Kensho (Claimings) by Lyn Gala

Dedication





I can’t even count the number of people I have to thank for their help with this story, starting with all the readers who followed me into this universe. When I wrote the first book, I never expected anyone else to fall in love with Ondry and Liam like I had. So thank you for helping to give this universe a soul. Sarah, Beth, Emma, SJ, Jeanette, and Carolyn have all encouraged me to write whatever I wanted, even when I wanted to write stories that don’t fit into the traditional publishing models. Raelin and Madison asked about the Rownt reaction to orphans or orphanages, and so many people asked about potential egglings for our couple. Those requests really guided this collection. And then I can’t even count the supporters who fed the muse by commenting on the different stories on Patreon. These would have remained vague ideas floating around in my gray matter except I wanted muse-food, and every time I came back to Claimings, I got enough comments to sustain my muse through the most trying times.

And I have to mention all those who helped catch my various and sundry errors. I have done everything from forgetting names of my own characters to dropping words, and they have jumped in with their mouses (mice?) at the ready to stop me from embarrassing myself. Thank you to my patron saint of grammar, Mandy, as well as Marnie, Erica, Anka, and Ally who caught umpteen mistakes. It’s good to have friends who don’t let you run around with toilet paper hanging off your shoe.





Angry Little Aliens





The eldest Grandmother who had once been known as Ragil watched the strangers’ ship approach. Her fellow Grandmothers waited in silence. This was not one of the giant ships of the Cy that sometimes drifted through space, empty and sending out repetitive signals that made Imshee flee. This ship had straighter angles than the rounded lines of the Cy, and it lacked the transparent structures. It also lacked the long spider legs of an Imshee ship, but it did have one long spire that reached in front like the grasping claw of a sea creature. It was not as large as one of the in-system ships the ship-Rownt built, but it was larger than the boxy landing ships the Imshee regularly brought to Prarownt.

It was utterly alien.

“Should we quiet our transmissions?” a younger Grandmother asked.

She-who-had-been-Ragil watched the report from the satellite. Nothing indicated aggression, but that did not mean that these aliens were harmless. Likely they came to steal the meat off the table. They would find that Rownt were not likely to leave valuables in sight for strangers. Deidell would have hidden any ships, or any evidence of ships, leaving Janatjanay to fulfill its role.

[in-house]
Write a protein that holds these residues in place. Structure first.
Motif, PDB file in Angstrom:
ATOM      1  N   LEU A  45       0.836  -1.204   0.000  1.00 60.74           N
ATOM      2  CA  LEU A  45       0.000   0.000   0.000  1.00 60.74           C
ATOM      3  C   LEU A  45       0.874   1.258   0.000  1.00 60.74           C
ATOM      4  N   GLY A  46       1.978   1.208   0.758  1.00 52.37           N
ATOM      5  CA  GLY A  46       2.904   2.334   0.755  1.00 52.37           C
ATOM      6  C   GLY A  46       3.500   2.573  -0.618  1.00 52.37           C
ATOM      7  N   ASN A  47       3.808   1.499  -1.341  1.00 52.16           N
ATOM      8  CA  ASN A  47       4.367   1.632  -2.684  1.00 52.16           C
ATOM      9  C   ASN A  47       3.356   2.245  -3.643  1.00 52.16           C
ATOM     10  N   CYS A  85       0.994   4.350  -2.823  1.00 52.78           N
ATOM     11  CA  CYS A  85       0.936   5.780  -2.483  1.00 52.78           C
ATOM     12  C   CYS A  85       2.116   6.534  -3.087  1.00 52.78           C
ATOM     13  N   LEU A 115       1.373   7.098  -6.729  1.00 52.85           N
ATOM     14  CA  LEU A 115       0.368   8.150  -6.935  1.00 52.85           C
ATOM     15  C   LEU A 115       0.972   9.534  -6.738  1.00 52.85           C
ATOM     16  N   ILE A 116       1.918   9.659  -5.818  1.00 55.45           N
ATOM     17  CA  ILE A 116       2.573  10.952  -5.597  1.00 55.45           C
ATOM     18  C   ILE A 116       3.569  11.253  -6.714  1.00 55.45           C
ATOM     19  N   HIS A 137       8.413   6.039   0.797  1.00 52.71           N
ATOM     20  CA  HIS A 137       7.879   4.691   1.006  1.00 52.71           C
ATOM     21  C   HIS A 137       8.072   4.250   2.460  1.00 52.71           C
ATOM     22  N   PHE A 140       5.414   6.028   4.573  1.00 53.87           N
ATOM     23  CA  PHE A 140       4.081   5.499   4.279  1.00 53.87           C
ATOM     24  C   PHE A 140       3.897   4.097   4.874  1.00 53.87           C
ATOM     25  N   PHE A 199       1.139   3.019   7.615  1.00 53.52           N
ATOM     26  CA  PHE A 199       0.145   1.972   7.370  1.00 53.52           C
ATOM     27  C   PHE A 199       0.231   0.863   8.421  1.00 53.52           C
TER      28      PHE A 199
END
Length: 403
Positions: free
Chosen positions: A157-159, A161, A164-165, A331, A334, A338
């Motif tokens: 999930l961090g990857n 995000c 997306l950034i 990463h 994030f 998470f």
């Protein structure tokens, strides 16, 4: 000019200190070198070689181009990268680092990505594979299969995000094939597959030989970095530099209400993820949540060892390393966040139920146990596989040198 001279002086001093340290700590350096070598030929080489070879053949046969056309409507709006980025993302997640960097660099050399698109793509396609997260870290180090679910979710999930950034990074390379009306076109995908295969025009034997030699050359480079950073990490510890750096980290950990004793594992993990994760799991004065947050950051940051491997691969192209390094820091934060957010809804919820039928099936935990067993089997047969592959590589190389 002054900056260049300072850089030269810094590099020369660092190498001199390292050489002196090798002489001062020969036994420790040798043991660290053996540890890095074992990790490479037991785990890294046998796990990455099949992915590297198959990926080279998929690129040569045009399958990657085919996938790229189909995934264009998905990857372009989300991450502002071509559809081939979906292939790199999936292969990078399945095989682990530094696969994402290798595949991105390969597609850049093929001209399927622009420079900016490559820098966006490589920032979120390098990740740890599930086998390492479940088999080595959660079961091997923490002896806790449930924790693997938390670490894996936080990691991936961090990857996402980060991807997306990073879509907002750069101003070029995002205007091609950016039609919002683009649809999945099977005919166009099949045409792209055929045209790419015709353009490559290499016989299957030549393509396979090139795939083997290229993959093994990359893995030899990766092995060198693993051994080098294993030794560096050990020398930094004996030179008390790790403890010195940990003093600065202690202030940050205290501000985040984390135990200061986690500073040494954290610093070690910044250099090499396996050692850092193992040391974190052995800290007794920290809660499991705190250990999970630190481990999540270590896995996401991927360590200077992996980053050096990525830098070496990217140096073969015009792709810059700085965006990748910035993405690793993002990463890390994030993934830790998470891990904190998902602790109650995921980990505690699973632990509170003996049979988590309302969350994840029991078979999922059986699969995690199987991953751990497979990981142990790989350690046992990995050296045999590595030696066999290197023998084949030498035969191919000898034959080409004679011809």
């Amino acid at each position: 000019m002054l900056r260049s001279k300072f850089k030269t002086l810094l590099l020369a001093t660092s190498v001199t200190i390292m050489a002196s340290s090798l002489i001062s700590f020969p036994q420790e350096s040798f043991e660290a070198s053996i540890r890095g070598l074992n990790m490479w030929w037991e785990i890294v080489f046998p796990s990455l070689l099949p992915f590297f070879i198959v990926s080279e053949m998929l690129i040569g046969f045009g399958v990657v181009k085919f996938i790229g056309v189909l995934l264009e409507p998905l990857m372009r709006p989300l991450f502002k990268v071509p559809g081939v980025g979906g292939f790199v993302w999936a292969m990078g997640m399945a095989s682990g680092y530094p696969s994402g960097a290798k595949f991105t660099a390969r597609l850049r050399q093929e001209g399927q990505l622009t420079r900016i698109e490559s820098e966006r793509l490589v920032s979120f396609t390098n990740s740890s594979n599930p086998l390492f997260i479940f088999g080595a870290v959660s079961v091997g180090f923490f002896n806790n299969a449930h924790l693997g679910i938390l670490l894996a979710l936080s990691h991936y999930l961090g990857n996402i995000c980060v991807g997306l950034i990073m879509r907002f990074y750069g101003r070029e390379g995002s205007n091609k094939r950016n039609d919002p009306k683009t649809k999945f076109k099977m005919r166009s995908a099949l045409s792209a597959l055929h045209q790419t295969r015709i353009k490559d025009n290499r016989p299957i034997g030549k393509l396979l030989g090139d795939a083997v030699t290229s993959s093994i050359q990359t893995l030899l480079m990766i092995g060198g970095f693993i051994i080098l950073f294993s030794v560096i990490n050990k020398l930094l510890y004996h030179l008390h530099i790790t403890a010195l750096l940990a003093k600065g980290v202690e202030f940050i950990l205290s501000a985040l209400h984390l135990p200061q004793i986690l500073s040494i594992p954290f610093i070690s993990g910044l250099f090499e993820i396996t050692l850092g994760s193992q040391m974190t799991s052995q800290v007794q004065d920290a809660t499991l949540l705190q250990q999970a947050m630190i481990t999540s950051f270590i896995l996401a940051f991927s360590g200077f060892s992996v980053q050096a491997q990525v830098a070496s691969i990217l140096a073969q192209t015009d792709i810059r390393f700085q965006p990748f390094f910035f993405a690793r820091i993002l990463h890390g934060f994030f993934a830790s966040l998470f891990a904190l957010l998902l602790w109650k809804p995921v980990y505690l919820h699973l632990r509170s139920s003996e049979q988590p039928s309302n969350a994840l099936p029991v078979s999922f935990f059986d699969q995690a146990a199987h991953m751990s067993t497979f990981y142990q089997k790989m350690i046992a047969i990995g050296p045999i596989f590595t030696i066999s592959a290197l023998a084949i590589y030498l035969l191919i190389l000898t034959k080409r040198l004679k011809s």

“We stand on the hill for others to see us,” another Grandmother admonished the younger one. Hopefully she felt the shame of the rebuke, but She-who-had-been-Ragil did not turn to study the others. This would be the first time since the Imshee had arrived that strangers had appeared. Ship-Rownt always ran the risk of sharing a path with a stranger, only Imshee came to Prarownt. And they remained near Deidell.

Fewer Imshee visited now that the Cy ships often flew empty. When those powerful ships were alone, they reacted unpredictably.

The strangers’ ship was so slow that it would take days to approach properly, so She-who-had-been-Ragil turned her back to the display, making it clear that Rownt of any reasonable age would not live in fear of strangers appearing on the horizon. Their temple was named Janatjanay, after all. Strangers would be inevitable in such a place.

“We should check satellites and planetary defenses,” she said. She waited to see if any of the Grandmothers would contradict her and put forward a plan other than waiting for these strangers, but none did. The burden of being eldest was not in taking action—it was in knowing that others would follow and would suffer if her judgment was flawed. More than one eldest had walked away from a temple and sought a place to sit and die rather than carry the burden.

Some stories said the last Grandmother of Prabrateakil had done that. She had led the Rownt to space, to an uneasy trade with the Imshee when she had not valued or understood the true nature of the trade. The burden of that had grown to be too much, and when the town around her died, replaced by Deidell and its modern shipyard, she had walked away rather than sit on the temple floor and see if the Grandmothers of Deidell would seek her counsel.

It was a cautionary tale. Just because a Grandmother was ready to walk a border did not mean they had the right to walk it. Rownt followed where Grandmothers walked.

Ironically, every Rownt would have chosen to follow that Prabrateakil Grandmother into space. Her motives touched the Rownt soul. But in the end she chose not to follow the path she herself had set. She-who-had-been-Ragil was acutely aware of the danger that approached with the strangers’ ship—and the danger was not limited to individual Rownt lives or profits.